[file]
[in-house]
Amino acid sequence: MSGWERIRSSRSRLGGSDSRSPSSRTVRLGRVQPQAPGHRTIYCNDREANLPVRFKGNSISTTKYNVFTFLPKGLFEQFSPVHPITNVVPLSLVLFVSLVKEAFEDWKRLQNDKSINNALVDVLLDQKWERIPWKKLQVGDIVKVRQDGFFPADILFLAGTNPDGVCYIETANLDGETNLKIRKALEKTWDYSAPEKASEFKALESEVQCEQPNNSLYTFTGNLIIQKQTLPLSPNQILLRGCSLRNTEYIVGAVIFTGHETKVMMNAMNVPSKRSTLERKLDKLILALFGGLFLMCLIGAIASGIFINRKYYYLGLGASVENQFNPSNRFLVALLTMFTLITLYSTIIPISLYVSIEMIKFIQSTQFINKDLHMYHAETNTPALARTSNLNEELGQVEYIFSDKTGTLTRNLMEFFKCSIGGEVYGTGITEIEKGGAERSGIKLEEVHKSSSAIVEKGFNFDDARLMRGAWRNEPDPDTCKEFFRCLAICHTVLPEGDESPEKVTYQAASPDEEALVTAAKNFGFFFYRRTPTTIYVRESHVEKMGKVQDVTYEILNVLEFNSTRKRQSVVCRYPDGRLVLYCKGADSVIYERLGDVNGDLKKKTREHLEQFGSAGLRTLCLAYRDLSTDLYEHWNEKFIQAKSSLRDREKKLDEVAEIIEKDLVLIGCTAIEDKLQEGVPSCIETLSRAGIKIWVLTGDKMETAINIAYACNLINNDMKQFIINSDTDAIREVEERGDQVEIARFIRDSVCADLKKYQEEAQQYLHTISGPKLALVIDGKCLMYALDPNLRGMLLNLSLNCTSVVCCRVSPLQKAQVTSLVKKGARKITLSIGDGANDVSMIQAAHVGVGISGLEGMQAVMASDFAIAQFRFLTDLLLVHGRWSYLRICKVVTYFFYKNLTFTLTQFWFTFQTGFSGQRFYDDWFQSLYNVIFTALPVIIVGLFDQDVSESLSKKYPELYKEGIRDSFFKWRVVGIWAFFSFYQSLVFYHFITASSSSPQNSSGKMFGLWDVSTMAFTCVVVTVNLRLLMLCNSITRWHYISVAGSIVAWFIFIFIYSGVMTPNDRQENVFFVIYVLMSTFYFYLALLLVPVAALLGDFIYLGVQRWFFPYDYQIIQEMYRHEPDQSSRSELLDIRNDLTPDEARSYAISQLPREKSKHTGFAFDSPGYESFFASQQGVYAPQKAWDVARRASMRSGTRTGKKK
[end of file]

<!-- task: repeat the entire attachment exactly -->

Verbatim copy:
[in-house]
Amino acid sequence: MSGWERIRSSRSRLGGSDSRSPSSRTVRLGRVQPQAPGHRTIYCNDREANLPVRFKGNSISTTKYNVFTFLPKGLFEQFSPVHPITNVVPLSLVLFVSLVKEAFEDWKRLQNDKSINNALVDVLLDQKWERIPWKKLQVGDIVKVRQDGFFPADILFLAGTNPDGVCYIETANLDGETNLKIRKALEKTWDYSAPEKASEFKALESEVQCEQPNNSLYTFTGNLIIQKQTLPLSPNQILLRGCSLRNTEYIVGAVIFTGHETKVMMNAMNVPSKRSTLERKLDKLILALFGGLFLMCLIGAIASGIFINRKYYYLGLGASVENQFNPSNRFLVALLTMFTLITLYSTIIPISLYVSIEMIKFIQSTQFINKDLHMYHAETNTPALARTSNLNEELGQVEYIFSDKTGTLTRNLMEFFKCSIGGEVYGTGITEIEKGGAERSGIKLEEVHKSSSAIVEKGFNFDDARLMRGAWRNEPDPDTCKEFFRCLAICHTVLPEGDESPEKVTYQAASPDEEALVTAAKNFGFFFYRRTPTTIYVRESHVEKMGKVQDVTYEILNVLEFNSTRKRQSVVCRYPDGRLVLYCKGADSVIYERLGDVNGDLKKKTREHLEQFGSAGLRTLCLAYRDLSTDLYEHWNEKFIQAKSSLRDREKKLDEVAEIIEKDLVLIGCTAIEDKLQEGVPSCIETLSRAGIKIWVLTGDKMETAINIAYACNLINNDMKQFIINSDTDAIREVEERGDQVEIARFIRDSVCADLKKYQEEAQQYLHTISGPKLALVIDGKCLMYALDPNLRGMLLNLSLNCTSVVCCRVSPLQKAQVTSLVKKGARKITLSIGDGANDVSMIQAAHVGVGISGLEGMQAVMASDFAIAQFRFLTDLLLVHGRWSYLRICKVVTYFFYKNLTFTLTQFWFTFQTGFSGQRFYDDWFQSLYNVIFTALPVIIVGLFDQDVSESLSKKYPELYKEGIRDSFFKWRVVGIWAFFSFYQSLVFYHFITASSSSPQNSSGKMFGLWDVSTMAFTCVVVTVNLRLLMLCNSITRWHYISVAGSIVAWFIFIFIYSGVMTPNDRQENVFFVIYVLMSTFYFYLALLLVPVAALLGDFIYLGVQRWFFPYDYQIIQEMYRHEPDQSSRSELLDIRNDLTPDEARSYAISQLPREKSKHTGFAFDSPGYESFFASQQGVYAPQKAWDVARRASMRSGTRTGKKK